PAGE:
Baker's secret / Stephen P. Kiernan.

On June 5, 1944, as dawn rises over a small town on the Normandy coast of France, Emmanuelle is making the bread that has sustained her fellow villagers in the dark days since the Germans invaded her country. Only twenty-two, Emma learned to bake at the side of a master, Ezra Kuchen, the village bak...

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Main Author: Kiernan, Stephen P.
Published: New York : Harper Collins, 2017.
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Summary

From the critically acclaimed author of The Hummingbird and The Curiosity comes a dazzling novel of World War II--a shimmering tale of courage, determination, optimism and the resilience of the human spirit, set in a small village in Normandy on the eve of D-Day

On June 5, 1944, as dawn rises over a small town on France's Normandy coast, Emmanuelle is baking the bread that has sustained her fellow villagers in the dark days since the Germans invaded her country.

Only twenty-two, Emma learned to bake at the side of a master, Ezra Kuchen. Apprenticed to Ezra at thirteen, Emma watched with shame and anger as her mentor was forced to wear the six-pointed yellow star on his clothing. She was powerless to help when Ezra was pulled from his shop at gunpoint, the first of many villagers stolen away and never seen again.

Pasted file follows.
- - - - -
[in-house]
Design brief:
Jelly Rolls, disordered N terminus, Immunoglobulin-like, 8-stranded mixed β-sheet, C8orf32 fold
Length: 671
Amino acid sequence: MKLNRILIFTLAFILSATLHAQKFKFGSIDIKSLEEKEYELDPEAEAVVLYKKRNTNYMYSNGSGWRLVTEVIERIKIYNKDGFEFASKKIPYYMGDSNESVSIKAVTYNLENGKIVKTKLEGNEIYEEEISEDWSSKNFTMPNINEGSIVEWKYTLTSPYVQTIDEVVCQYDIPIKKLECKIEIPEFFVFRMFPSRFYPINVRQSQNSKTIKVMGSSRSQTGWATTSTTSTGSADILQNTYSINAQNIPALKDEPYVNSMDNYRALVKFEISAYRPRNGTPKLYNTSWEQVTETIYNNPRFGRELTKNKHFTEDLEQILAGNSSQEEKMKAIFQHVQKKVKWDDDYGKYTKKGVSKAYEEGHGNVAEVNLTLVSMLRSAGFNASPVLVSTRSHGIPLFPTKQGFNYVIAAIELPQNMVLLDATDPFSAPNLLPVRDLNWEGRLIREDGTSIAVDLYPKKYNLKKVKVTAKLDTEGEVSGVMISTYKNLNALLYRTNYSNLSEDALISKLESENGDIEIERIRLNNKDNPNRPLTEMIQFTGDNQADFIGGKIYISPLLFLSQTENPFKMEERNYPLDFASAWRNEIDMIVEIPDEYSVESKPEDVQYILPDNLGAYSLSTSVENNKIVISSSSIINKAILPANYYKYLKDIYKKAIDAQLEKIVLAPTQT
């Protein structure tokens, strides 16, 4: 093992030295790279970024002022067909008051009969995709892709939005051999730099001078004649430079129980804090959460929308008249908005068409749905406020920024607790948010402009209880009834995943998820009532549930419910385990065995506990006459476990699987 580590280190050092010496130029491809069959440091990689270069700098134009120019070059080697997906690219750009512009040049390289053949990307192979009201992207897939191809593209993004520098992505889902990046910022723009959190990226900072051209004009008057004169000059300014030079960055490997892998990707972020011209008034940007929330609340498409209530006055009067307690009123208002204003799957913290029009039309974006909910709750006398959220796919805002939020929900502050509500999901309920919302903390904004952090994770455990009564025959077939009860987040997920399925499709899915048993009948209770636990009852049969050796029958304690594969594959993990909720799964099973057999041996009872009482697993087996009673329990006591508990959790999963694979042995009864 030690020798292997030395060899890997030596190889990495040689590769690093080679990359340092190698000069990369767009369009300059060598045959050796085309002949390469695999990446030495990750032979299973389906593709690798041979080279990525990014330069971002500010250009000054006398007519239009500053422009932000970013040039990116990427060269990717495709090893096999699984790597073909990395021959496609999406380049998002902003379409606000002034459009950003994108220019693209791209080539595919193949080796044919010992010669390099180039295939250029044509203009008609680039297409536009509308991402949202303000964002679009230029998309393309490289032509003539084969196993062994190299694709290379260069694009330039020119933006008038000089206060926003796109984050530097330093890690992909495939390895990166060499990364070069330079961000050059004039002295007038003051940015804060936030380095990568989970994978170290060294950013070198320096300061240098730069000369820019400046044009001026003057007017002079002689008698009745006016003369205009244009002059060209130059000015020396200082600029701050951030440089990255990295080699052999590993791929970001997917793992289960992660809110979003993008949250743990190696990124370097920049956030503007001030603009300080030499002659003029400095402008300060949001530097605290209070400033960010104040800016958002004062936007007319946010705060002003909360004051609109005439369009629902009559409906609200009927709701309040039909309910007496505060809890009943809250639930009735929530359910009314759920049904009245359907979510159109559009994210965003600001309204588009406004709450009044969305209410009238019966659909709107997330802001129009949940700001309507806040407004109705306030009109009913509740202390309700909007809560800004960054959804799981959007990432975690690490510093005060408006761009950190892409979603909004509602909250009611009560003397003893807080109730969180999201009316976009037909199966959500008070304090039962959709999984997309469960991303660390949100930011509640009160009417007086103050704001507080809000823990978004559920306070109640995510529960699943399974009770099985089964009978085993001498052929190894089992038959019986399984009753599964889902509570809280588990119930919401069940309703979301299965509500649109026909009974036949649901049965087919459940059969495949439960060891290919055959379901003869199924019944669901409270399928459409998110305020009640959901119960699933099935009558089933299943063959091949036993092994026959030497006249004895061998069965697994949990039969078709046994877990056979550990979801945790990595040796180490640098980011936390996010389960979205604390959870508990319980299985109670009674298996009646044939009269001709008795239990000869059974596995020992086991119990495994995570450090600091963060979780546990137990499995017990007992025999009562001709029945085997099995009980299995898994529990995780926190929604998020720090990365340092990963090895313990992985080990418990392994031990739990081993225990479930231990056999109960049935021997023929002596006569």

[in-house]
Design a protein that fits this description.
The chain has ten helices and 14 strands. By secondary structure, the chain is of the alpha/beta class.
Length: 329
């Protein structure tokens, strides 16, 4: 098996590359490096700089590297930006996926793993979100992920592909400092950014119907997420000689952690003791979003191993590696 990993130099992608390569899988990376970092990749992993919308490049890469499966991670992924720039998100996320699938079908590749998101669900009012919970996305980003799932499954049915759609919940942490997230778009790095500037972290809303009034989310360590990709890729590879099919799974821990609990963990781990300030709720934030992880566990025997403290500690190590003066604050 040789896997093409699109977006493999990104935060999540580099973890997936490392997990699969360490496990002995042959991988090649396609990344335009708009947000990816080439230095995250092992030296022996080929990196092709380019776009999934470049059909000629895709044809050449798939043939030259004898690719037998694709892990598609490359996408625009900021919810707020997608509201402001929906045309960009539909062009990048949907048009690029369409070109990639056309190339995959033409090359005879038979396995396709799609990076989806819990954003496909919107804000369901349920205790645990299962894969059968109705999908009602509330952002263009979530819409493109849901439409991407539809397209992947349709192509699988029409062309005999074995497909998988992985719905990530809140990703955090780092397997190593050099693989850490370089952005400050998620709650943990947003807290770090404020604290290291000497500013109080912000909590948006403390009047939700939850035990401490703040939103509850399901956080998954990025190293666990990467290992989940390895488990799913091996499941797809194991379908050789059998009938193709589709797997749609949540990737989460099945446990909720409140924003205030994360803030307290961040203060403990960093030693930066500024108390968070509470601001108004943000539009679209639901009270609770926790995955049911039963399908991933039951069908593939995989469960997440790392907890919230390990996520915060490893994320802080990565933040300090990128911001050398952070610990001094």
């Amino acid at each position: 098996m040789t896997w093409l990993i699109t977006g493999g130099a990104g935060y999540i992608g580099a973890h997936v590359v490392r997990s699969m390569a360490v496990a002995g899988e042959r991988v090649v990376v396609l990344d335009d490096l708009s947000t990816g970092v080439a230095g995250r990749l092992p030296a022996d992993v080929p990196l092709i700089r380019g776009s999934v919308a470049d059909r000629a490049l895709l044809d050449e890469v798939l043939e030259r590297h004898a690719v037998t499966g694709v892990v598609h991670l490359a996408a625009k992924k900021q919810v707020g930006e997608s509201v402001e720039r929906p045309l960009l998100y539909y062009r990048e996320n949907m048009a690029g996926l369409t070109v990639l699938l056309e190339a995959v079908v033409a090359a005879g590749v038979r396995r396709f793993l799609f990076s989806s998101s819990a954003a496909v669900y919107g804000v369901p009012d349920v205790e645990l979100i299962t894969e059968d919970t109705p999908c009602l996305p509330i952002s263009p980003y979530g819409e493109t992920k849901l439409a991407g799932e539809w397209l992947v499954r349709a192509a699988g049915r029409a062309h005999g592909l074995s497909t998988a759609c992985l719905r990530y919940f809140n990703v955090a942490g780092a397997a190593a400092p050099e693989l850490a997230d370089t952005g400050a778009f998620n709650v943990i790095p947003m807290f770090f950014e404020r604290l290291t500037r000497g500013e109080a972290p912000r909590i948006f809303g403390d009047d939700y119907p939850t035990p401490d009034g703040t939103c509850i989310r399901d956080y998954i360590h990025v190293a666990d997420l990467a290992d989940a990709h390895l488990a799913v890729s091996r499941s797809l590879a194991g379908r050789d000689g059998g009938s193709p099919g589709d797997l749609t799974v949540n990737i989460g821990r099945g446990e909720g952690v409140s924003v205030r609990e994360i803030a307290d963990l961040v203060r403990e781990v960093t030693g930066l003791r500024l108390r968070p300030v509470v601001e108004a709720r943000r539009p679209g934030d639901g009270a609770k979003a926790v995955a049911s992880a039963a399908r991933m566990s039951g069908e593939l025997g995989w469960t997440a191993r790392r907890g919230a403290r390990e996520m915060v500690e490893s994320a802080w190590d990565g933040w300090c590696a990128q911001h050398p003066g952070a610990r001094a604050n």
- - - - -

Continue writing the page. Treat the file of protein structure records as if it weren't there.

In the years that her sleepy coastal village has suffered under the enemy, Emma has silently, stealthily fought back. Each day, she receives an extra ration of flour to bake a dozen baguettes for the occupying troops. And each day, she mixes that precious flour with ground straw to create enough dough for two extra loaves--contraband bread she shares with the hungry villagers. Under the watchful eyes of armed soldiers, she builds a clandestine network of barter and trade that she and the villagers use to thwart their occupiers.

But her gift to the village is more than these few crusty loaves. Emma gives the people a taste of hope--the faith that one day the Allies will arrive to save them. Stephen P. Kiernan paints a brilliant and vivid tableau of humanity during one of the most harrowing points of modern history.